Year-to-date, operating leverage was positive 0.4% with each business line delivering positive operating leverage thus far. Expense management remains an ongoing priority and we are on track to deliver positive operating leverage for the full year as we have committed at the beginning of the fiscal year.

Turning to capital on slide ten. You can see that the bank continues to maintain a strong, high quality capital position. All key capital ratios increased this quarter due to strong levels of internally generated capital. The tier one ratio rose to 12.6% while the bank’s tangible common equity or TCE ratio climbed to over 10% at 10.2%.

Our capital ratios remain strong by international standards. We will continue to prudently manage capital to support organic growth initiatives, selective acquisitions and evolving regulatory changes. Furthermore, as Rick mentioned, as of July 31 our common equity tier one ratio under Basel III is now within our stated objective of 7% to 7.5%, two quarters ahead of our Q1 2013 target.

Turning to business line results beginning on slide 11. Canadian banking had a very strong performance again this quarter. Net income was $521 million, up $95 million or 22% from a year earlier. This quarter also included a $32 million after-tax gain from the sale of a non-strategic leasing business.

Revenue growth was solid with growth in net interest income and net fee and commission revenues up 3% and 4% respectively. Although the margin declined year-over-year by 7 basis points, net interest income was up as a result of strong asset and deposit growth. There is also improved credit performance with loan loss provision down $28 million. Expense control was also evident this quarter, with expenses only increasing slightly from last year.

Quarter-over-quarter assets increased 2% mainly from continued growth in retail mortgages, consumer auto lending and commercial loans. Total revenue increased 7% due to strong asset and deposit growth, a gain on sale of the leasing business and two more days in the quarter, partly offset by two basis points decline in the margin. Provision for credit losses declined $2 million to $120 million due to lower provisions in retail. Expenses were up 3% compared to last quarter, reflecting the impact of two additional days in the quarter and higher marketing expenses.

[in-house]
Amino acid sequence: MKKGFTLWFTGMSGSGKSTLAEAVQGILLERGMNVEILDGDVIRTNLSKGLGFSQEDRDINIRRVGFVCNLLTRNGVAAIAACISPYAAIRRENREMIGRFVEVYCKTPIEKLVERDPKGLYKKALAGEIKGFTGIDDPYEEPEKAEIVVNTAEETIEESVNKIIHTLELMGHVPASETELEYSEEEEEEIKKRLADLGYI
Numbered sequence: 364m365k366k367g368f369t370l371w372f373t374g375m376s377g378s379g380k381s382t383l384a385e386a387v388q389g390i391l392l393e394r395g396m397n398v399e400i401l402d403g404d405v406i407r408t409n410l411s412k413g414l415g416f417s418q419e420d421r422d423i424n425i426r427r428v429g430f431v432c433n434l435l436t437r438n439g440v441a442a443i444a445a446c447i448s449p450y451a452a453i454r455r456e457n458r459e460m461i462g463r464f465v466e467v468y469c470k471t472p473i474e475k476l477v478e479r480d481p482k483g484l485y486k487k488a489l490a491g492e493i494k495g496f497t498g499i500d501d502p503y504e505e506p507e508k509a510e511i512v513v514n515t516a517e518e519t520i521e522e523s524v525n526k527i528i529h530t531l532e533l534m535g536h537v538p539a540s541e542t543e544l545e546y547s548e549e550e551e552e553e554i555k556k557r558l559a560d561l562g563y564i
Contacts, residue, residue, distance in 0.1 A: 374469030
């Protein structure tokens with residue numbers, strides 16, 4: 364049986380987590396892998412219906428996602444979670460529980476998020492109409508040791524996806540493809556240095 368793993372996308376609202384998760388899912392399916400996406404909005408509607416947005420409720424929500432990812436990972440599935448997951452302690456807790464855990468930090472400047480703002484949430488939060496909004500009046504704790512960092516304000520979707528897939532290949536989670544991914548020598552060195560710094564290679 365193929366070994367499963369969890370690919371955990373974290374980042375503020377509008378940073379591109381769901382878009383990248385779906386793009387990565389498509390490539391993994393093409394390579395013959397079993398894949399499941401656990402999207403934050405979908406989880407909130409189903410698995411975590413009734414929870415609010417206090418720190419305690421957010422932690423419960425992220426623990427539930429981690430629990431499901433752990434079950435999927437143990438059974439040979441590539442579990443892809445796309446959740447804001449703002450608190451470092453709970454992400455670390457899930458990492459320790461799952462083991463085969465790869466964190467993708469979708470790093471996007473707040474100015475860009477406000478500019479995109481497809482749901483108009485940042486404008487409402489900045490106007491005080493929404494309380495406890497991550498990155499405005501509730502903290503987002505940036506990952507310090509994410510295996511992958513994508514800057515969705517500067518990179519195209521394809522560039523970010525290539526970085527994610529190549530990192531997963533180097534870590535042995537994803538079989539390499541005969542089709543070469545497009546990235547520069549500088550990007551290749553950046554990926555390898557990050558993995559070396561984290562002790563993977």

Moving to international banking on slide 12. Net income in the third quarter was $442 million, up 29% from $343 million a year ago. A large portion of the increase was due to the acquisition of Banco Colpatria in Colombia. Year-over-year revenues increased 27% due to strong diversified loan and deposit growth, positive impact of acquisitions, wider margins in Peru and Asia, and good underlying growth in fees across Latin America and the Caribbean.

Expenses were up 23% or $176 million with more than two-thirds attributable to acquisitions. The remainder of the increase was mainly due to annual inflationary increases and to support business growth. Quarter-over-quarter, net income was down a modest 1% from a very strong second quarter, mainly from higher provisions for credit losses and higher expenses. Provisions for credit losses increased $23 million from last quarter primarily from higher retail provisions in Latin America as a result of recent acquisitions, asset growth and softening market conditions.

Expenses were up 1% from the previous quarter due to higher seasonal costs in Peru and Chile. Expense management remains an ongoing priority. On slide 13, global wealth management’s net income for the quarter was $284 million which included a nonrecurring $12 million deferred tax charge due to the Ontario tax rate freeze lowering the contribution from our investment in CI Financial.

Revenues increased 5% year-over-year driven by strong growth across insurance and most wealth businesses. Assets under management and assets under administration grew 4% and 2% respectively. Of the total revenue, approximately 84% was attributable to wealth management and 16% to the insurance businesses. Expenses were flat from the same quarter last year due mainly to lower brokerage commissions, lower performance based compensation and discretionary expense management.

Quarter-over-quarter, net income declined by 5% including the aforementioned nonrecurring tax charge. Revenues declined 2% as lower brokerage and mutual fund revenues from weak financial markets in Canada were only partly offset by higher international wealth revenues. AUM remained unchanged and AUA declined by 1%. Expenses were down 3% reflecting lower volume related expenses and performance based compensation as well as good expense control.